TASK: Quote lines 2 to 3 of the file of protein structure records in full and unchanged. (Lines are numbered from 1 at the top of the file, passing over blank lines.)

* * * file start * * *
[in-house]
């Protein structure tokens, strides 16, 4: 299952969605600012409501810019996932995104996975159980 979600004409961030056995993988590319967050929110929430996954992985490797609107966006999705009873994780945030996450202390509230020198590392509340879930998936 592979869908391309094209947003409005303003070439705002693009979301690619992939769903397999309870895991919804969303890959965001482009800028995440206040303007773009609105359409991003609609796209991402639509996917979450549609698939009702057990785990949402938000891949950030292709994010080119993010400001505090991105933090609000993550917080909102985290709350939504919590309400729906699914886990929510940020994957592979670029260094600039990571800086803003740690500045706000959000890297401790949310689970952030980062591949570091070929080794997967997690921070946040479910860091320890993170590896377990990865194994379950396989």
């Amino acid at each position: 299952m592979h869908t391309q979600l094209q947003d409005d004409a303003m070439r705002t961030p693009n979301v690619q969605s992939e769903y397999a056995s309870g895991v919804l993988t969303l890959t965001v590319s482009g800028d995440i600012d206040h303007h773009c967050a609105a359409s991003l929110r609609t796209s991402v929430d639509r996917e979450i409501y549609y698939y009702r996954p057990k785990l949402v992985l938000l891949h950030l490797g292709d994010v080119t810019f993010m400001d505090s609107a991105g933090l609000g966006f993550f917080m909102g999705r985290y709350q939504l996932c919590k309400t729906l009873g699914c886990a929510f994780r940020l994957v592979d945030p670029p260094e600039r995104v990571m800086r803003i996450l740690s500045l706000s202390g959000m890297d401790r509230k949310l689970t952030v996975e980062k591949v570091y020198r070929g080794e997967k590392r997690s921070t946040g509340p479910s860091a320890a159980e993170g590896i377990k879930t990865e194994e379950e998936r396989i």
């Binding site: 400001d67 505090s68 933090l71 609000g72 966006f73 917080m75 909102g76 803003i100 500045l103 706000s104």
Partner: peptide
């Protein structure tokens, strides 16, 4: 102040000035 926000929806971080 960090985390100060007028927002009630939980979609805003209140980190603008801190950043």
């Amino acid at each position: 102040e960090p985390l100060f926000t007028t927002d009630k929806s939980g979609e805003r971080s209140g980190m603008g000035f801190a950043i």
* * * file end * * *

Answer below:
């Protein structure tokens, strides 16, 4: 299952969605600012409501810019996932995104996975159980 979600004409961030056995993988590319967050929110929430996954992985490797609107966006999705009873994780945030996450202390509230020198590392509340879930998936 592979869908391309094209947003409005303003070439705002693009979301690619992939769903397999309870895991919804969303890959965001482009800028995440206040303007773009609105359409991003609609796209991402639509996917979450549609698939009702057990785990949402938000891949950030292709994010080119993010400001505090991105933090609000993550917080909102985290709350939504919590309400729906699914886990929510940020994957592979670029260094600039990571800086803003740690500045706000959000890297401790949310689970952030980062591949570091070929080794997967997690921070946040479910860091320890993170590896377990990865194994379950396989």
């Amino acid at each position: 299952m592979h869908t391309q979600l094209q947003d409005d004409a303003m070439r705002t961030p693009n979301v690619q969605s992939e769903y397999a056995s309870g895991v919804l993988t969303l890959t965001v590319s482009g800028d995440i600012d206040h303007h773009c967050a609105a359409s991003l929110r609609t796209s991402v929430d639509r996917e979450i409501y549609y698939y009702r996954p057990k785990l949402v992985l938000l891949h950030l490797g292709d994010v080119t810019f993010m400001d505090s609107a991105g933090l609000g966006f993550f917080m909102g999705r985290y709350q939504l996932c919590k309400t729906l009873g699914c886990a929510f994780r940020l994957v592979d945030p670029p260094e600039r995104v990571m800086r803003i996450l740690s500045l706000s202390g959000m890297d401790r509230k949310l689970t952030v996975e980062k591949v570091y020198r070929g080794e997967k590392r997690s921070t946040g509340p479910s860091a320890a159980e993170g590896i377990k879930t990865e194994e379950e998936r396989i």